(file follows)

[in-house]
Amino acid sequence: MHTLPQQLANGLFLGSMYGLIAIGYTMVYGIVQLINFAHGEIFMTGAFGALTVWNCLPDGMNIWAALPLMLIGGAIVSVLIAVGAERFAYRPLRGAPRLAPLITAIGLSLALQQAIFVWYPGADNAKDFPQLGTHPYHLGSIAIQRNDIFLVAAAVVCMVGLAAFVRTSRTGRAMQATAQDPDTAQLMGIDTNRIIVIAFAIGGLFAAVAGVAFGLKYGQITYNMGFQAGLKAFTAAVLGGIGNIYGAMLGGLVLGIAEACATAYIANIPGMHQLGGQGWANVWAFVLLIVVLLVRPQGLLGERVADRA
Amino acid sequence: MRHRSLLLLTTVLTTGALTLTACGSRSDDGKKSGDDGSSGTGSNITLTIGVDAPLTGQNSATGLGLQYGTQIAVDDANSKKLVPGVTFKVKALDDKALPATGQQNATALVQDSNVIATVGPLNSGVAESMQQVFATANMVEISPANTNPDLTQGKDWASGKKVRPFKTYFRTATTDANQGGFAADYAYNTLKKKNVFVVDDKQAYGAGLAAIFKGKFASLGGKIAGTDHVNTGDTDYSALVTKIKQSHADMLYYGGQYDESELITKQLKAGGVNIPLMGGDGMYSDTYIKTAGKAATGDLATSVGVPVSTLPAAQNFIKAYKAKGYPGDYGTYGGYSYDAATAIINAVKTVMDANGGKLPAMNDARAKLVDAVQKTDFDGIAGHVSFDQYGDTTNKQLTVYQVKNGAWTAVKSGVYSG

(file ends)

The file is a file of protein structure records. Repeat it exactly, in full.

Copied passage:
[in-house]
Amino acid sequence: MHTLPQQLANGLFLGSMYGLIAIGYTMVYGIVQLINFAHGEIFMTGAFGALTVWNCLPDGMNIWAALPLMLIGGAIVSVLIAVGAERFAYRPLRGAPRLAPLITAIGLSLALQQAIFVWYPGADNAKDFPQLGTHPYHLGSIAIQRNDIFLVAAAVVCMVGLAAFVRTSRTGRAMQATAQDPDTAQLMGIDTNRIIVIAFAIGGLFAAVAGVAFGLKYGQITYNMGFQAGLKAFTAAVLGGIGNIYGAMLGGLVLGIAEACATAYIANIPGMHQLGGQGWANVWAFVLLIVVLLVRPQGLLGERVADRA
Amino acid sequence: MRHRSLLLLTTVLTTGALTLTACGSRSDDGKKSGDDGSSGTGSNITLTIGVDAPLTGQNSATGLGLQYGTQIAVDDANSKKLVPGVTFKVKALDDKALPATGQQNATALVQDSNVIATVGPLNSGVAESMQQVFATANMVEISPANTNPDLTQGKDWASGKKVRPFKTYFRTATTDANQGGFAADYAYNTLKKKNVFVVDDKQAYGAGLAAIFKGKFASLGGKIAGTDHVNTGDTDYSALVTKIKQSHADMLYYGGQYDESELITKQLKAGGVNIPLMGGDGMYSDTYIKTAGKAATGDLATSVGVPVSTLPAAQNFIKAYKAKGYPGDYGTYGGYSYDAATAIINAVKTVMDANGGKLPAMNDARAKLVDAVQKTDFDGIAGHVSFDQYGDTTNKQLTVYQVKNGAWTAVKSGVYSG